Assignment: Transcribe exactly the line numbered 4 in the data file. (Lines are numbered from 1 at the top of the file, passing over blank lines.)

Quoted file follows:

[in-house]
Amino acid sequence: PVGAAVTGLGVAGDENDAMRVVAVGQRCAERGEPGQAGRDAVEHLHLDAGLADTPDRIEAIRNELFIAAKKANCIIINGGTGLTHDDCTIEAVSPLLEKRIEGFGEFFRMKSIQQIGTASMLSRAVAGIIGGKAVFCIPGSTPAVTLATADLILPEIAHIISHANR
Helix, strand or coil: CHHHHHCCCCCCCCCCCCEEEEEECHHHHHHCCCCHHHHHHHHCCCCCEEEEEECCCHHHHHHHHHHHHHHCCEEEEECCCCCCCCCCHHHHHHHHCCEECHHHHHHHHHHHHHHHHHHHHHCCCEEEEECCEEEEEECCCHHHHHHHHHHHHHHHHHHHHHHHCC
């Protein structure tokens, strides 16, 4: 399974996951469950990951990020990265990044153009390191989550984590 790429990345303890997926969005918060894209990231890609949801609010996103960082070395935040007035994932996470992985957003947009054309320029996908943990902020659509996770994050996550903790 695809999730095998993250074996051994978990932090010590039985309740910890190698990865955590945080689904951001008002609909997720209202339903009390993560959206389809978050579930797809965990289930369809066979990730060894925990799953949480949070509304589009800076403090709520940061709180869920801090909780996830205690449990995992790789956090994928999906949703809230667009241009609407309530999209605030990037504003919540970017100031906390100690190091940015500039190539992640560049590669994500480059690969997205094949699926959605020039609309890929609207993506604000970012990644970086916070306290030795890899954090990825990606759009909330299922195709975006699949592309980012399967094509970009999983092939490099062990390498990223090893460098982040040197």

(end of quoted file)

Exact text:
């Protein structure tokens, strides 16, 4: 399974996951469950990951990020990265990044153009390191989550984590 790429990345303890997926969005918060894209990231890609949801609010996103960082070395935040007035994932996470992985957003947009054309320029996908943990902020659509996770994050996550903790 695809999730095998993250074996051994978990932090010590039985309740910890190698990865955590945080689904951001008002609909997720209202339903009390993560959206389809978050579930797809965990289930369809066979990730060894925990799953949480949070509304589009800076403090709520940061709180869920801090909780996830205690449990995992790789956090994928999906949703809230667009241009609407309530999209605030990037504003919540970017100031906390100690190091940015500039190539992640560049590669994500480059690969997205094949699926959605020039609309890929609207993506604000970012990644970086916070306290030795890899954090990825990606759009909330299922195709975006699949592309980012399967094509970009999983092939490099062990390498990223090893460098982040040197």